This is brilliant! I have to do a presentation on my final-year project in a couple of months, so I'll be bookmarking this for later. I think you're right that it's all about acting it until it becomes natural - that worked to get me to be more extroverted, so hopefully it'll work for talking to large groups of people, too!

  • gerty-z says:

    super advice. I especially agree with your advice to moderate use of the laser pointer and to not self-deprecate. Seriously, if you tell me your data is crappy I will believe you and not even look at it.

    Another thing: Don't put up a slide and say "I know you can't see this very well, but..." FFS, if you want me to see something then fix your damn slide. If you don't want me to see it then don't put it on the slide.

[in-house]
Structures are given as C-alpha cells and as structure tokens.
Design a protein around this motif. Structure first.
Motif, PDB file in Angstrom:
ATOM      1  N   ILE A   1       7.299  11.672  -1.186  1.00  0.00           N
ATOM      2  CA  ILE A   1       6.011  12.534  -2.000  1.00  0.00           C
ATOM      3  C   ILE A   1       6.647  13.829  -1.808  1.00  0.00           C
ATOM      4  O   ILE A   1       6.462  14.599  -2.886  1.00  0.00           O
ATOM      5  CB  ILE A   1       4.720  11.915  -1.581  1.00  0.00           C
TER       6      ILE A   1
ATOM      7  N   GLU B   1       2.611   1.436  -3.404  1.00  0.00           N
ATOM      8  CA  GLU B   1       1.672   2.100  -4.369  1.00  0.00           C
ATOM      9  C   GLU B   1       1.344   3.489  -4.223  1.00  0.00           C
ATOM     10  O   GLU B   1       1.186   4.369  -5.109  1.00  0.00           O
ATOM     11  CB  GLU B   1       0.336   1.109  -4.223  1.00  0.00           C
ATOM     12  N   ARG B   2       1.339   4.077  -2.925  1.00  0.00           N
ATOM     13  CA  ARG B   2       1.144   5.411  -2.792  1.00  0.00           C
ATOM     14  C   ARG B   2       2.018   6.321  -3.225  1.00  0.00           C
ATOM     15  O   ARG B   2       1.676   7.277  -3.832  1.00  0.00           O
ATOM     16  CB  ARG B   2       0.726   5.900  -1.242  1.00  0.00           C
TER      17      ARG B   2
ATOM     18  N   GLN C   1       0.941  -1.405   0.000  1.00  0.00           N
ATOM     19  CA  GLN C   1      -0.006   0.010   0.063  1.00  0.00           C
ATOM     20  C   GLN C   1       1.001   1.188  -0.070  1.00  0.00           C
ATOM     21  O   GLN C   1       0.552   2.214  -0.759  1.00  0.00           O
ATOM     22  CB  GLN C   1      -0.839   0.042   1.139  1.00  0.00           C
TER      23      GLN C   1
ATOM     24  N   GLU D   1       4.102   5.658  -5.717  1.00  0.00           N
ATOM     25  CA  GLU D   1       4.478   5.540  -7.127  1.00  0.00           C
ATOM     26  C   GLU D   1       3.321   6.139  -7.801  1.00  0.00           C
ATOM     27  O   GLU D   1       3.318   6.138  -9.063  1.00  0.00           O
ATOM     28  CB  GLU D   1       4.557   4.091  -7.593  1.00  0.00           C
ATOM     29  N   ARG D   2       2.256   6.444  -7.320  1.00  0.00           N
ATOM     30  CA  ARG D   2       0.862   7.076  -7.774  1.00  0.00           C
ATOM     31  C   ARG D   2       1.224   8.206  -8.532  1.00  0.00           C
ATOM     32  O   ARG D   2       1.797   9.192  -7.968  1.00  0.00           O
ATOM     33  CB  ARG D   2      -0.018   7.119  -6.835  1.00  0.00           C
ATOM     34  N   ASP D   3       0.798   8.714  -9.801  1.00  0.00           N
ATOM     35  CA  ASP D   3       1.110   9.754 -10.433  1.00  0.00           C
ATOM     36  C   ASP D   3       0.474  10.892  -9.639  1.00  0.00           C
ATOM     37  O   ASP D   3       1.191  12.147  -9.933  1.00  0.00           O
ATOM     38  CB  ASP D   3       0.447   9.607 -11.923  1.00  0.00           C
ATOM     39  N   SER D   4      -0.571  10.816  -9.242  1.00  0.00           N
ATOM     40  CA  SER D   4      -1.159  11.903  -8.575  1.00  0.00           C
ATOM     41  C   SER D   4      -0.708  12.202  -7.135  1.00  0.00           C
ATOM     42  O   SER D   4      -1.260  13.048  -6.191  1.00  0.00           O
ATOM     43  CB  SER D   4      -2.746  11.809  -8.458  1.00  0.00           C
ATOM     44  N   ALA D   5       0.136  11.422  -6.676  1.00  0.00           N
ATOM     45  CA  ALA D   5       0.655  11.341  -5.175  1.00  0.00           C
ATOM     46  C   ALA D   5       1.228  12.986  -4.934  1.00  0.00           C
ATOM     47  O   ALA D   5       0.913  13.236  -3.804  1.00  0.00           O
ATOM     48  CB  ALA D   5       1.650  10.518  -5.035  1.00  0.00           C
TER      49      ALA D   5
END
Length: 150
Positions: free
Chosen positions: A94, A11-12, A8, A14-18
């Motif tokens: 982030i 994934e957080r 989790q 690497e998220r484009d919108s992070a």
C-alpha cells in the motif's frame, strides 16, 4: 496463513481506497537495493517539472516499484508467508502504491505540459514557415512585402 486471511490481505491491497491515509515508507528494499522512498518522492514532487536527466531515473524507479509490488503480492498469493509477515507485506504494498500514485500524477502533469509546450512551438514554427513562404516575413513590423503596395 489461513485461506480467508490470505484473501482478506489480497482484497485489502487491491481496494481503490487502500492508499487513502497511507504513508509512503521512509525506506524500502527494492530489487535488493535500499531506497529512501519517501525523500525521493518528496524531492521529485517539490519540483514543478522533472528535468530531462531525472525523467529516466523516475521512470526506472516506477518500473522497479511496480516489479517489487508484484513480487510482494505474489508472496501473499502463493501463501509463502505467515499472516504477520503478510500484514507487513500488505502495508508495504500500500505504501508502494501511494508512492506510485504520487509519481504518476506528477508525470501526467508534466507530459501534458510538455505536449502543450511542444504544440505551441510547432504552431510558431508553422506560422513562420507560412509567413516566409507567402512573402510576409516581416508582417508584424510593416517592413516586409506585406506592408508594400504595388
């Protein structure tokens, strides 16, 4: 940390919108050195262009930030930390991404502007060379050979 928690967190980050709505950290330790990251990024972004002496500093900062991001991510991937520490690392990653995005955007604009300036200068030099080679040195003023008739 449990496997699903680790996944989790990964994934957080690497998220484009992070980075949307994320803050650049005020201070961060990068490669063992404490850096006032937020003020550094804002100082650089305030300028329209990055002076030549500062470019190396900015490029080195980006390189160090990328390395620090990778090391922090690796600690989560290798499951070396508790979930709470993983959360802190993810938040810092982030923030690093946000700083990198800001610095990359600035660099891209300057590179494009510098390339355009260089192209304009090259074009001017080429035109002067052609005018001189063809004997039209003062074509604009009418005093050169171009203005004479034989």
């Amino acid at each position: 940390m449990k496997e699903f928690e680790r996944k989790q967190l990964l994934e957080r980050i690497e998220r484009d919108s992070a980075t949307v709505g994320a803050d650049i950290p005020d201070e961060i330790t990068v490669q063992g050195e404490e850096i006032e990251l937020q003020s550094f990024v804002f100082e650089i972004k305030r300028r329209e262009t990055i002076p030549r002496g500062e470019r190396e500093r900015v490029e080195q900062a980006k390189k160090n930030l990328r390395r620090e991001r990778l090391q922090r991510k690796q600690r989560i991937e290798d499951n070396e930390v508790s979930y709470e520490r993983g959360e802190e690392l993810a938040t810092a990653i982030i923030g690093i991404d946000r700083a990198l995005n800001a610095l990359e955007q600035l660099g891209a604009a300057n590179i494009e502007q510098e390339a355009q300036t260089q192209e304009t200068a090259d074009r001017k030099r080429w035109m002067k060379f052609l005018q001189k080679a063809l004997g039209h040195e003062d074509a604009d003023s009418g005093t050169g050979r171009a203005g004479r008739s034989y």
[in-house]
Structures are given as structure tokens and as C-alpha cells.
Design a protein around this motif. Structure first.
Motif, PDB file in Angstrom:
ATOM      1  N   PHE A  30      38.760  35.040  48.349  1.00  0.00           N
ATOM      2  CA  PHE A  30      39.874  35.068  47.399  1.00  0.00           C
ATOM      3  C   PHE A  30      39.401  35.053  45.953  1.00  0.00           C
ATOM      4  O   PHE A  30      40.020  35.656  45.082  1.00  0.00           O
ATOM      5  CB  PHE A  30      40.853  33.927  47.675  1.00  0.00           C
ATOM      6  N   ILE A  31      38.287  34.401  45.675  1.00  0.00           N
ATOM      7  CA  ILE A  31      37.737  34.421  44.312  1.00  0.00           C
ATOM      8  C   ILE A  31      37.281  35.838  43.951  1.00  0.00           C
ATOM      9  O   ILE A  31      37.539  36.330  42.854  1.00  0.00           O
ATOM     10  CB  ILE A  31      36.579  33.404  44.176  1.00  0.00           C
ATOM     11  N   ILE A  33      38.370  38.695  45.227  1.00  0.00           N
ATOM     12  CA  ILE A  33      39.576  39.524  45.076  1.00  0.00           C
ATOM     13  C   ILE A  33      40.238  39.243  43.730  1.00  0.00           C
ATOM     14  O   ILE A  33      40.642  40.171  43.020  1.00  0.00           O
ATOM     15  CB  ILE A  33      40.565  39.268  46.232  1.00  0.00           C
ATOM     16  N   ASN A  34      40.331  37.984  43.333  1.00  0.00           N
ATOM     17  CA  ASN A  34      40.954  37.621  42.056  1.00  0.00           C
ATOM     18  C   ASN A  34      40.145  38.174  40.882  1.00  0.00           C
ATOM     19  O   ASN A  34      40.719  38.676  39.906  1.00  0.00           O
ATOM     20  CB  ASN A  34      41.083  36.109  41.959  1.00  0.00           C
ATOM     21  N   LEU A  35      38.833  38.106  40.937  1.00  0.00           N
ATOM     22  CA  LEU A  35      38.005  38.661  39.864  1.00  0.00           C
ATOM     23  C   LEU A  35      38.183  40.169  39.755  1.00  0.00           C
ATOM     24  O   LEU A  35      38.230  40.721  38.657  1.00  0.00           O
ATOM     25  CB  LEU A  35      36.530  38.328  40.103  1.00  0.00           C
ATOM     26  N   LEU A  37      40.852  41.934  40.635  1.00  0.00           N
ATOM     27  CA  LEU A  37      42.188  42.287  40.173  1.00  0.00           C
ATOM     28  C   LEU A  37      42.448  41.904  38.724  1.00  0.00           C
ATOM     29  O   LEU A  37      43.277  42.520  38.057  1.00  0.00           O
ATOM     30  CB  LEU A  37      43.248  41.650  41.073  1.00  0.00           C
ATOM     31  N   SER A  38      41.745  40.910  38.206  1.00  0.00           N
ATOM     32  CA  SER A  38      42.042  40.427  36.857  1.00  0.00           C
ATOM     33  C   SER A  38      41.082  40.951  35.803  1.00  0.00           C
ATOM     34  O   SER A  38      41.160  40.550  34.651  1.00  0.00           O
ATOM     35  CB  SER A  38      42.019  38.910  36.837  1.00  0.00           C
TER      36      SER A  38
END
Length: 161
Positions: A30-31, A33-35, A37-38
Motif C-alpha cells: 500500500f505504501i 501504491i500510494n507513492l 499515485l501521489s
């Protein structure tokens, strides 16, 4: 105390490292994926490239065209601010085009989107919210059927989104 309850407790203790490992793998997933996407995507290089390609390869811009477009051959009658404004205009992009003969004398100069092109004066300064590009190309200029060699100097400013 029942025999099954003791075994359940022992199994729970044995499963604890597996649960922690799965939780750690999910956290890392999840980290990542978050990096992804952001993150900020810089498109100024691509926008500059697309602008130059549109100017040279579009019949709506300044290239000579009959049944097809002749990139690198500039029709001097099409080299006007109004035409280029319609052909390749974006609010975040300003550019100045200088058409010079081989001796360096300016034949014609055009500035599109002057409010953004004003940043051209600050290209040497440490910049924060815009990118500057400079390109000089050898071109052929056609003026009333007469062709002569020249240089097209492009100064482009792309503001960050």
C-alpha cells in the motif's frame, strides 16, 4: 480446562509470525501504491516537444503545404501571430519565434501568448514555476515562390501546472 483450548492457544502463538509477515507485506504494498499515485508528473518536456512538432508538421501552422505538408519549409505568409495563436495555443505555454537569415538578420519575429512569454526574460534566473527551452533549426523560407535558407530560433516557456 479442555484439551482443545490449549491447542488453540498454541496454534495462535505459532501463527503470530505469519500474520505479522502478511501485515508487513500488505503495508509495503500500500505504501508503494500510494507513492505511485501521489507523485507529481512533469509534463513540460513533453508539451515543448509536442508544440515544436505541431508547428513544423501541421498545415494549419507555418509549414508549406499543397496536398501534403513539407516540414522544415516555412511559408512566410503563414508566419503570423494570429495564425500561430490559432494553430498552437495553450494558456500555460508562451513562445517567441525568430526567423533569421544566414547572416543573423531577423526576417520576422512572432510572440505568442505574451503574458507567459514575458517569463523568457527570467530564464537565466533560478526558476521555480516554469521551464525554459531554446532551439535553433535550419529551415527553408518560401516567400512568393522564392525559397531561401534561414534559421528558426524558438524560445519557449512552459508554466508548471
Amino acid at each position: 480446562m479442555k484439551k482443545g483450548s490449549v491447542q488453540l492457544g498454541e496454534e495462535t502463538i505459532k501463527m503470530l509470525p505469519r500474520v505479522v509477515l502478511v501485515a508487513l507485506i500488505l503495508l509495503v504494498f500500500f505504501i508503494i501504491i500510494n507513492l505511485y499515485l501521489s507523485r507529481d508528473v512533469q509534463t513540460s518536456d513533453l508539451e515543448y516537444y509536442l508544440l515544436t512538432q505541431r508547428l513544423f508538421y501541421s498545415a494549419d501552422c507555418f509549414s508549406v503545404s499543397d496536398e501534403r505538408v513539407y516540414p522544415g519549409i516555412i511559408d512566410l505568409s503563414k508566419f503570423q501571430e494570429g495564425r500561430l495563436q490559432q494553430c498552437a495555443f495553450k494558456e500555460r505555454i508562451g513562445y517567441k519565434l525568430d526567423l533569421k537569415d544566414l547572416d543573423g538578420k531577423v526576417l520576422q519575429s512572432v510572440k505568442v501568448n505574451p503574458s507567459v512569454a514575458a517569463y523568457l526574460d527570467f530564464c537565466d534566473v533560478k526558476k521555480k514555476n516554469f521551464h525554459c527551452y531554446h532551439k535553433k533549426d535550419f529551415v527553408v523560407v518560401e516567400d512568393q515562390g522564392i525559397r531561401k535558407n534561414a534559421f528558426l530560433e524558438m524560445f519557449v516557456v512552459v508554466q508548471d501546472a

I think it is good for noobs to realize that giving talks is a learned skill (posters, too). Find something that give good talks and emulate them. I also find it useful to arrange for people to give me feedback. You have to find someone that you trust so that they will actually tell you how you could be better, not just say "good job".

  • Dr Becca says:

    Awesome post, Hermitage. And I daresay there are many non-n00bs who could use this advice as well! I'm adding it to my TT search advice aggregator!

    Finally, f I may indulge in a bit of self-promotion, this post goes along nicely with my own scribblings on the subject, though mine is more concerned with content and organization.

  • K says:

    Ugh, I have to give a seminar in front of the WHOLE DEPARTMENT next month. I'm terrified.

  • scicurious says: